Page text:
“Hai Di Lao isn’t just your typical hot pot joint. It’s an experience.” – Peter (Canadian friend in Beijing)
Yesterday, I had the pleasure of experiencing the best customer service in China. If you’ve ever been to China, there is no such thing as customer service. Seriously, I’ve had to go and pick up my own chopsticks, spoon, and other eating utensils at restaurants. I always have a pack of Kleenex on me because you never know if the restaurant would have any on the table.
Seated at Hai Di Lao, Peter introduced me to his friend Mark. Mark is such an inspirational person with a great story that I just had to write a post on him. Meet Mark, older man (mid/late-40s) that has been living in Beijing for the past 7 years with his wife teaching English. I’m thinking, wait – what? Isn’t this whole teaching-English-in-China-for-young adults (20-30 yr olds)-who-dont-know-what-to-do-with-their-lives? Right? Not a teacher by trade, he ended up getting a connection in China that sparked the interest to live abroad and experience life outside of America.
It’s been so rare to speak to someone who knows what their insanely-big dreams are. Mark knew what he wanted. He made his impossible goal, possible.Mark applied a motto to his life of “No problem, and..” since he worked for a demanding boss and managed/owned his coffee in a mall in SoCal. He had loads of debt and things weren’t going well as it was the recession. His landlords were taking advantage of him, but he kept on saying “no problem, and…” for months and months. He always played around with living abroad…and then something happened. Someone put a bug in his ear about an opportunity in China. He hummed and hawwed for awhile. He had a business to run. How could he go to China? When he turned down the job in China, his landlords heard that he wanted to test out this opportunity there. . that’s when the tipping point pushed him over the edge. As if his landlords were feeling guilty of some sort, they offered Mark, free rent until all his debt was paid off and moved his coffee shop to the centre of the mall, his partner bought his ownership off him (perfect win win scenario for him).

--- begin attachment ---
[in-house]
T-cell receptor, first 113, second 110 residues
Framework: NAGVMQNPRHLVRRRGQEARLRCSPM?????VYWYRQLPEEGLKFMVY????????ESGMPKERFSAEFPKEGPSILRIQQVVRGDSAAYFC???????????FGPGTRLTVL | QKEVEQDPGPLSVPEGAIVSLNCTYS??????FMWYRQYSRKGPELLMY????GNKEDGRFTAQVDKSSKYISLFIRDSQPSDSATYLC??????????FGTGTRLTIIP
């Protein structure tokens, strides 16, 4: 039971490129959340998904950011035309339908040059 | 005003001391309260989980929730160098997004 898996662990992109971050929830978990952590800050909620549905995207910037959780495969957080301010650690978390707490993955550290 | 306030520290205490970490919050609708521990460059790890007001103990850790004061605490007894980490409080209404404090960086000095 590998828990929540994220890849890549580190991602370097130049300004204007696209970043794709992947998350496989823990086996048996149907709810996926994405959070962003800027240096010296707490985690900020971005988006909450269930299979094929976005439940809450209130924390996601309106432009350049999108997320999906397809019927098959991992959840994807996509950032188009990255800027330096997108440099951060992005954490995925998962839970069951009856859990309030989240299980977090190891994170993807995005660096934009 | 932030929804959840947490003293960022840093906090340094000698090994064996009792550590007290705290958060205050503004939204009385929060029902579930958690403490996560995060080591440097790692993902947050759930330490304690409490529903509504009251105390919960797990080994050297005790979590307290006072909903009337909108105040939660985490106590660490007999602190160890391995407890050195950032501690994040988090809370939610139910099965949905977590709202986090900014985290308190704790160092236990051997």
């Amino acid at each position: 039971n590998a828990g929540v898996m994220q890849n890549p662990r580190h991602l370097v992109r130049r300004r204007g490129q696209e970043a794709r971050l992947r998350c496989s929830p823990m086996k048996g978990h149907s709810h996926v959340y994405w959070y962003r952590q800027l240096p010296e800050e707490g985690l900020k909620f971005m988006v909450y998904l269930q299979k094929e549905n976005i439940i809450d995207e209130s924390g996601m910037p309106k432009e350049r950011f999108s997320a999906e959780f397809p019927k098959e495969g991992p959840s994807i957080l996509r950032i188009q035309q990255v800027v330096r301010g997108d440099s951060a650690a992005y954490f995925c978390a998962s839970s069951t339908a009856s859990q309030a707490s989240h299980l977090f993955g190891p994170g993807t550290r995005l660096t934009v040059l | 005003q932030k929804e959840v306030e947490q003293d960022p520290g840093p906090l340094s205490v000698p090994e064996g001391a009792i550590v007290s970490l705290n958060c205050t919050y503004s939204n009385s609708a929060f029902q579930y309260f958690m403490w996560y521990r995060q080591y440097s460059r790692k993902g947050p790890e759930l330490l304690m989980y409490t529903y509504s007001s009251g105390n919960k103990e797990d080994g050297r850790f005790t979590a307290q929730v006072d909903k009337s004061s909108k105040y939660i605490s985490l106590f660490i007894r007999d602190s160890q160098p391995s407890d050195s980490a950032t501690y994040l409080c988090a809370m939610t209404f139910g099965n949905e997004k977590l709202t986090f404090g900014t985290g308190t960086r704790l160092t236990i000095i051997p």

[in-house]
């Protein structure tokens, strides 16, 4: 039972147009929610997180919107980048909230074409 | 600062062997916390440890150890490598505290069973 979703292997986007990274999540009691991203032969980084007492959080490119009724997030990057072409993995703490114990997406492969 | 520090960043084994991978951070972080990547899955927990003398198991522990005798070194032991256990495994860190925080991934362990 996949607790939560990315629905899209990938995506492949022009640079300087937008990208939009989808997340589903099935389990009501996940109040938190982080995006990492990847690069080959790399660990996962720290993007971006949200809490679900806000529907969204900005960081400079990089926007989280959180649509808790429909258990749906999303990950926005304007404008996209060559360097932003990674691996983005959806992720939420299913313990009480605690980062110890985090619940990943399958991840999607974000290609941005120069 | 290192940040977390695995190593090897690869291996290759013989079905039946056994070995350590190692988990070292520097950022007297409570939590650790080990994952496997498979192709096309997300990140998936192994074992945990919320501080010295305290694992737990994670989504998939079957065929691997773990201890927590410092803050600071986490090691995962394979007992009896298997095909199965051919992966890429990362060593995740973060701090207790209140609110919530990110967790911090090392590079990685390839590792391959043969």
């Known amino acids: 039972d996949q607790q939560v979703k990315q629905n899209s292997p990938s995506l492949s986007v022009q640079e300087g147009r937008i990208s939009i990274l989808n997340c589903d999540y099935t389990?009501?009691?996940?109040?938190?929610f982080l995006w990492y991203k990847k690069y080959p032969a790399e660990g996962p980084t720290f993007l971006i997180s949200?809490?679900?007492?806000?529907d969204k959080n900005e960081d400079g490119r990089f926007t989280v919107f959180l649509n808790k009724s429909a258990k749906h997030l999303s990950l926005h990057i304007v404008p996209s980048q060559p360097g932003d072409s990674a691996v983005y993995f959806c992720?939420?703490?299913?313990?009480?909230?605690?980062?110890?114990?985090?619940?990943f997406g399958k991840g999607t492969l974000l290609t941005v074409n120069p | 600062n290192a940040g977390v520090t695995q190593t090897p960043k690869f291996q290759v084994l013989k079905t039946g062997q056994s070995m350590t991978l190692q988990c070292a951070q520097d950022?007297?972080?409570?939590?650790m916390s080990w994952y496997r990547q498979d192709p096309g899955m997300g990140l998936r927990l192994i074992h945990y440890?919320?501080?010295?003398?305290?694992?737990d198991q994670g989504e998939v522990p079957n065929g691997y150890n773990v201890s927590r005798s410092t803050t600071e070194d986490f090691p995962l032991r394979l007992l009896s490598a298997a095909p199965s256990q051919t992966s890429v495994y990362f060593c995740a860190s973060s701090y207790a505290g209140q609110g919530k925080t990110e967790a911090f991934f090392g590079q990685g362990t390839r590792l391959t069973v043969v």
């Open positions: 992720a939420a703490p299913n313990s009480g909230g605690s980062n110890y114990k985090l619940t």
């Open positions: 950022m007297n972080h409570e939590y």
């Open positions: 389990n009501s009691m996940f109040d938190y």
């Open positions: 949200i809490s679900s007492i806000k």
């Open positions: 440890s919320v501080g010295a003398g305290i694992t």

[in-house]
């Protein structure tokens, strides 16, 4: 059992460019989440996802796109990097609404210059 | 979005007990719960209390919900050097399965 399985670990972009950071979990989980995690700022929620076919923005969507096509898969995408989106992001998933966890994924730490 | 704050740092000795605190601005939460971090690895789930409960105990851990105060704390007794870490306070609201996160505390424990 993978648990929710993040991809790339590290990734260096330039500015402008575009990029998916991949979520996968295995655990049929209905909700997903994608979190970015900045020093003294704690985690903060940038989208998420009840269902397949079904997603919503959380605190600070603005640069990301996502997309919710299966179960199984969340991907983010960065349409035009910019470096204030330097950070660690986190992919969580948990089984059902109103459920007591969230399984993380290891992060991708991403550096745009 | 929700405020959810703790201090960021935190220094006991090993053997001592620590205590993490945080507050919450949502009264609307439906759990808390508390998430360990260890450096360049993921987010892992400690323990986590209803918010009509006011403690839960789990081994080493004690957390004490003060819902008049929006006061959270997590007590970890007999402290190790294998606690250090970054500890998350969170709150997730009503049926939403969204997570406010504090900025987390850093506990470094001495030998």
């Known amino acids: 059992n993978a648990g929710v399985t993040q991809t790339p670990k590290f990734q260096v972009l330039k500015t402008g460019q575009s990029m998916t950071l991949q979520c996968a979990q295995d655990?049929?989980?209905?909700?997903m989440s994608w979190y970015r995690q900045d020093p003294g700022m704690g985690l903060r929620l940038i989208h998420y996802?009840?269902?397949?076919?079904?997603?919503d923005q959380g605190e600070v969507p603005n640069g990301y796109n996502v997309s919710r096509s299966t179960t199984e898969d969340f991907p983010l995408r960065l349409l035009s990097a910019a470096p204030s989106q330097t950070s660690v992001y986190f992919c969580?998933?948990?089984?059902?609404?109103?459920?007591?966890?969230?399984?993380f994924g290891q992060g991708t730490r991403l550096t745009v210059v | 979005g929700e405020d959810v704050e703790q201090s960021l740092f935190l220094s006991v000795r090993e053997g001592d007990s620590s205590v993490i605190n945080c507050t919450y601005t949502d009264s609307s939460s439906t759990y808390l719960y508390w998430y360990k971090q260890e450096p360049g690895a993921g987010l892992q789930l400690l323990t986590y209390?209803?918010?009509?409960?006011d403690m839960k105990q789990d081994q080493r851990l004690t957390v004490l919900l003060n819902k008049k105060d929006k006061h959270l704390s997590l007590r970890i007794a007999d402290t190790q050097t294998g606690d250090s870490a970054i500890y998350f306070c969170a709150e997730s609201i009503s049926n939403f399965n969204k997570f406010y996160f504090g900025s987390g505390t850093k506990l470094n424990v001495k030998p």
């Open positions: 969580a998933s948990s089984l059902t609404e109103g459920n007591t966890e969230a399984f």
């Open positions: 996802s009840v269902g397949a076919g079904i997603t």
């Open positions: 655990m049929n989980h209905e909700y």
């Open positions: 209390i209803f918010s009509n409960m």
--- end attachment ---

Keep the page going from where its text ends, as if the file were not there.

Mark believes that after working on the “no problem, and…” mantra, that relationship with his landlord became stronger. They trusted him. They trusted him a lot. It’s funny that that had worked because it is just so un-American. If you know you’re getting scammed, you’d put up a fight! The “no problem, and…” way of thinking, is exactly how it can work to your advantage in China.
This is how Chinese businesses operate. It’s on “no problem, and…” Don’t make a fuss. Don’t throw a tantrum. For one to be successful in doing anything in China, you need something called “guanxi” meaning “connections” or “relationships.” This is so crucial to the business life in China and the “no problem, and…” mantra works here.
“It is SO typical for a laowai (foreigner) to act abruptly/rashly and jump away from a car headed AT them, only to be HIT by a bus in the next lane.” – Mark
With his story, there’s a lot of key elements that totally line up with my own views/beliefs/thoughts that altruism (acts of selflessness) is good for the soul. It’s also good to keep moving on (especially when you are in a bad place in life). To stay stagnant is a dangerous place. Moving slower makes it easier to see things more clearly and is less intimidating.
Imagine driving a car at 40 km/hr. Do you notice the giant tree on the road? Do you notice the bicyclist at the corner of your eye? Did you see the kid kicking a ball beside the tree?
Imagine driving a car at 120km/hr. Could you notice all these small details? Probably not. Breathe and take it slower. Life isn’t a race.
In a happier/fulfilled life, I believe:
1. Moving slow is fast and moving fast is slow.
2. Do more to help others without expecting anything in return. It will pay back ten fold in ways you cannot even imagine.
What do you think?
Only fitting that I had this song stuck in my head all week: